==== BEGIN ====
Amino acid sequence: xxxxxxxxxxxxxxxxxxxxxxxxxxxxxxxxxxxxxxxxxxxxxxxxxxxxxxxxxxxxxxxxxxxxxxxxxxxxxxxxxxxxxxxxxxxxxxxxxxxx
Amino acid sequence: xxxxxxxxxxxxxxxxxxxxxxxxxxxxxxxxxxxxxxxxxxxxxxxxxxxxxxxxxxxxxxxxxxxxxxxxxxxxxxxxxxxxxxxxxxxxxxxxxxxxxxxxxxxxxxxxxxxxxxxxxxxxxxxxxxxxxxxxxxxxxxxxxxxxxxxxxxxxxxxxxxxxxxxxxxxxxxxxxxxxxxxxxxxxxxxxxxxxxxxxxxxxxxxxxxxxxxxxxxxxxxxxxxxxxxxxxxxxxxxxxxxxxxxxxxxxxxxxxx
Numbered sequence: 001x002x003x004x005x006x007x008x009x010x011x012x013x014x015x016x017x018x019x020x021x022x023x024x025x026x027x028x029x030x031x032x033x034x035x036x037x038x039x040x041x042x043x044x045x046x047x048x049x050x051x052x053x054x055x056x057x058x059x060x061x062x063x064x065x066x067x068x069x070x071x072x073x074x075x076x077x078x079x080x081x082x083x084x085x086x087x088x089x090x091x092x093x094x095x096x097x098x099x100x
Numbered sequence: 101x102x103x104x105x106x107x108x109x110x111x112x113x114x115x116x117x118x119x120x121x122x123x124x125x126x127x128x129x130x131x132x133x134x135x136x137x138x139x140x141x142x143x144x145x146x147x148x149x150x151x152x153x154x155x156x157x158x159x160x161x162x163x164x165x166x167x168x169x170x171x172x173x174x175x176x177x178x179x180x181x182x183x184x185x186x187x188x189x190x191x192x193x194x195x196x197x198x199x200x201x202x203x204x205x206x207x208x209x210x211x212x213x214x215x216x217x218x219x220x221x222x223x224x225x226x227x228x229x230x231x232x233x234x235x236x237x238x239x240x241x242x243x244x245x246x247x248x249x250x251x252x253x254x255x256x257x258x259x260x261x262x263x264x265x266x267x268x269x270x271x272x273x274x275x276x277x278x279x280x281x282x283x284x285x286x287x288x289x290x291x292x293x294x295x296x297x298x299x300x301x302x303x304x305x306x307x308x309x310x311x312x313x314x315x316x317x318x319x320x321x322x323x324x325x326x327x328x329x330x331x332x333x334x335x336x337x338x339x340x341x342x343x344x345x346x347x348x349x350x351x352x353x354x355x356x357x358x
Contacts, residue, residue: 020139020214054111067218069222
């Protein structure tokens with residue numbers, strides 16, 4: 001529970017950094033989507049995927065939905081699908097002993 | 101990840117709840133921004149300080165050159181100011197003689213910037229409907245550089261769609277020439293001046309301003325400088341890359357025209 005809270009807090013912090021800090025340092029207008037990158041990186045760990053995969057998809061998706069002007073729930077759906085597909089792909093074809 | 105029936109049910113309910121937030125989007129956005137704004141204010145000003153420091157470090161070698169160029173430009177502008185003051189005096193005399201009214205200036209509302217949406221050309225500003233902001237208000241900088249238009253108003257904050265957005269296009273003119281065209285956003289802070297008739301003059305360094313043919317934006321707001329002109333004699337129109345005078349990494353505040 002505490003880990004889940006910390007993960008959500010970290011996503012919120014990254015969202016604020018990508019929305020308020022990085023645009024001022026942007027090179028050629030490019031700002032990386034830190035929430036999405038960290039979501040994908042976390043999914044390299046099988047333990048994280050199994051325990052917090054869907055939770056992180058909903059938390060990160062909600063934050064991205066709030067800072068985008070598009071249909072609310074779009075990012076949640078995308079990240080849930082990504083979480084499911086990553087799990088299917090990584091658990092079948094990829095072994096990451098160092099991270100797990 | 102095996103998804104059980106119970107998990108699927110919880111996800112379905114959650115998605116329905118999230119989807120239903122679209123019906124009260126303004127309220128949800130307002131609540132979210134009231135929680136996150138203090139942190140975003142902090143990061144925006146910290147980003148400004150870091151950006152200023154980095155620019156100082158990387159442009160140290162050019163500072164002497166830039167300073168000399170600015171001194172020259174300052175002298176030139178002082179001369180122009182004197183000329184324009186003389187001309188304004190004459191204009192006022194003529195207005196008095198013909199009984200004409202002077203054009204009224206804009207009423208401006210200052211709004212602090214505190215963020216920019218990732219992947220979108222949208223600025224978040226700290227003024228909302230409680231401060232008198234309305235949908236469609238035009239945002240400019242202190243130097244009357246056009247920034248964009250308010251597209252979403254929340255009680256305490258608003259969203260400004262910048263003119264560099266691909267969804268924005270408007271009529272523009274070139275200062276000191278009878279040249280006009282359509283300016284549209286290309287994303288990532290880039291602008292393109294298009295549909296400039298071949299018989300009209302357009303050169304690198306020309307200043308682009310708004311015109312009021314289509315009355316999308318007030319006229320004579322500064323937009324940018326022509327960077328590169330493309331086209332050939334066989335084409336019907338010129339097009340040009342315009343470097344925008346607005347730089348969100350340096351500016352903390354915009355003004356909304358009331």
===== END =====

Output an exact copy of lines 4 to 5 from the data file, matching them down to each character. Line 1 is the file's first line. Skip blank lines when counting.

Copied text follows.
Numbered sequence: 101x102x103x104x105x106x107x108x109x110x111x112x113x114x115x116x117x118x119x120x121x122x123x124x125x126x127x128x129x130x131x132x133x134x135x136x137x138x139x140x141x142x143x144x145x146x147x148x149x150x151x152x153x154x155x156x157x158x159x160x161x162x163x164x165x166x167x168x169x170x171x172x173x174x175x176x177x178x179x180x181x182x183x184x185x186x187x188x189x190x191x192x193x194x195x196x197x198x199x200x201x202x203x204x205x206x207x208x209x210x211x212x213x214x215x216x217x218x219x220x221x222x223x224x225x226x227x228x229x230x231x232x233x234x235x236x237x238x239x240x241x242x243x244x245x246x247x248x249x250x251x252x253x254x255x256x257x258x259x260x261x262x263x264x265x266x267x268x269x270x271x272x273x274x275x276x277x278x279x280x281x282x283x284x285x286x287x288x289x290x291x292x293x294x295x296x297x298x299x300x301x302x303x304x305x306x307x308x309x310x311x312x313x314x315x316x317x318x319x320x321x322x323x324x325x326x327x328x329x330x331x332x333x334x335x336x337x338x339x340x341x342x343x344x345x346x347x348x349x350x351x352x353x354x355x356x357x358x
Contacts, residue, residue: 020139020214054111067218069222